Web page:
All change again for a new Skins

editorial image
0
Have your say

It’s been blamed for everything from the proliferation of teenage house parties to the decline and fall of civilisation as we know it. But love it or loathe it, there’s no denying that Skins (E4, 10pm) has become a phenomenon – especially with younger viewers.

It’s been blamed for everything from the proliferation of teenage house parties to the decline and fall of civilisation as we know it. But love it or loathe it, there’s no denying that Skins (E4, 10pm) has become a phenomenon – especially with younger viewers.

Even as the slightly sanitized American version has just started to ruffle feathers with its launch across the Atlantic, series five of the original British concept makes its way on to E4 with the usual major overhaul of the cast.

Yes, once again the cutting edge teen drama has boldly gone where not even Grange Hill ever dared and is starting over with an entirely new cast.

The last series brought an uncertain mix of stunts and stereotypes but, based on this compulsive opening episode, series five is a marvellous return to form.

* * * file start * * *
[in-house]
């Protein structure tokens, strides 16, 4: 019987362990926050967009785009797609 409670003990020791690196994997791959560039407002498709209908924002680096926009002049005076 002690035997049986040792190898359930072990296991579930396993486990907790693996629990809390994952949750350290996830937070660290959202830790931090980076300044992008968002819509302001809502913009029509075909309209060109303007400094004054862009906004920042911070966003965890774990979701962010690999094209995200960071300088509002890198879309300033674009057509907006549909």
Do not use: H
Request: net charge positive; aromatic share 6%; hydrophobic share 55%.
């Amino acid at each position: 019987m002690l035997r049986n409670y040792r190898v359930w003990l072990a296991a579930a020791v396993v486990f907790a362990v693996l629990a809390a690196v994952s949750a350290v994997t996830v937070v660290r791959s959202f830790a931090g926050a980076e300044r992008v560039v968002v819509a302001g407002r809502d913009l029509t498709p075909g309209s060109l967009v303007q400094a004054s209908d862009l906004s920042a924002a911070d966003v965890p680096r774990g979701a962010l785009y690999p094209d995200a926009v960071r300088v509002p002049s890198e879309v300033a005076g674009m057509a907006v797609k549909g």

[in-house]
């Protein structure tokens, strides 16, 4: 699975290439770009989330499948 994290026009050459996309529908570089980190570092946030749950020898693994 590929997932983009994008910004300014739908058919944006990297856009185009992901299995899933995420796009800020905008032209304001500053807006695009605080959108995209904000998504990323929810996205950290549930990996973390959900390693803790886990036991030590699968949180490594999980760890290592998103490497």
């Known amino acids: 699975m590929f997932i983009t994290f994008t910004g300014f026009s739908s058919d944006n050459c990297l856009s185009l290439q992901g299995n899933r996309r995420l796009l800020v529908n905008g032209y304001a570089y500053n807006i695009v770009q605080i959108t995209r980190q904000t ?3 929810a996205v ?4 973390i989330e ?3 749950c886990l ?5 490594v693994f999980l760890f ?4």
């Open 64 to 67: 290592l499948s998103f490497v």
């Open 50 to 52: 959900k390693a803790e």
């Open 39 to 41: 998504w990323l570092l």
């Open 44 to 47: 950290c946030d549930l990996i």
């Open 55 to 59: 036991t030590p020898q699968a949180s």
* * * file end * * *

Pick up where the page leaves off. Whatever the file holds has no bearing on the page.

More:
A typically arresting opening sequence introduces intense androgynous Franky, the newest girl at college.

Played by Dakota Blue Richards (the former child star best known for roles in The Golden Compass when she was 12 and Dustbin Baby, the 2008 BBC1 drama based on a Jacqueline Wilson story), her carefully constructed identity is her response to bullies and the thing that keeps attracting them.

Then again crashing a stolen motorbike into her schoolmates’ bikes, having to wear a borrowed a borrowed PE kit (complete with the singularly anachronistic Frankie Says Relax t-shirt) and having her face pushed in the mud by the leader of the Mean Girls as well as having a Facebook group set up to ridicule you, does not make for the best of first days at school for anyone.

Franky’s struggle is a familiar fable, previously told in the likes of Heathers, Mean Girls, even Glee and dozens of other high school stories, but it’s made fresh by Skins’ inimitable trademarks – fierce but tender, painfully accurate but spiked with flashes of whimsical magic and all strutting along to a rock solid soundtrack (The Strange Boys, Aeroplane, Howard Jones, Chopin and more).

When Skins gets it right it’s one of the best dramas on television, teen or otherwise.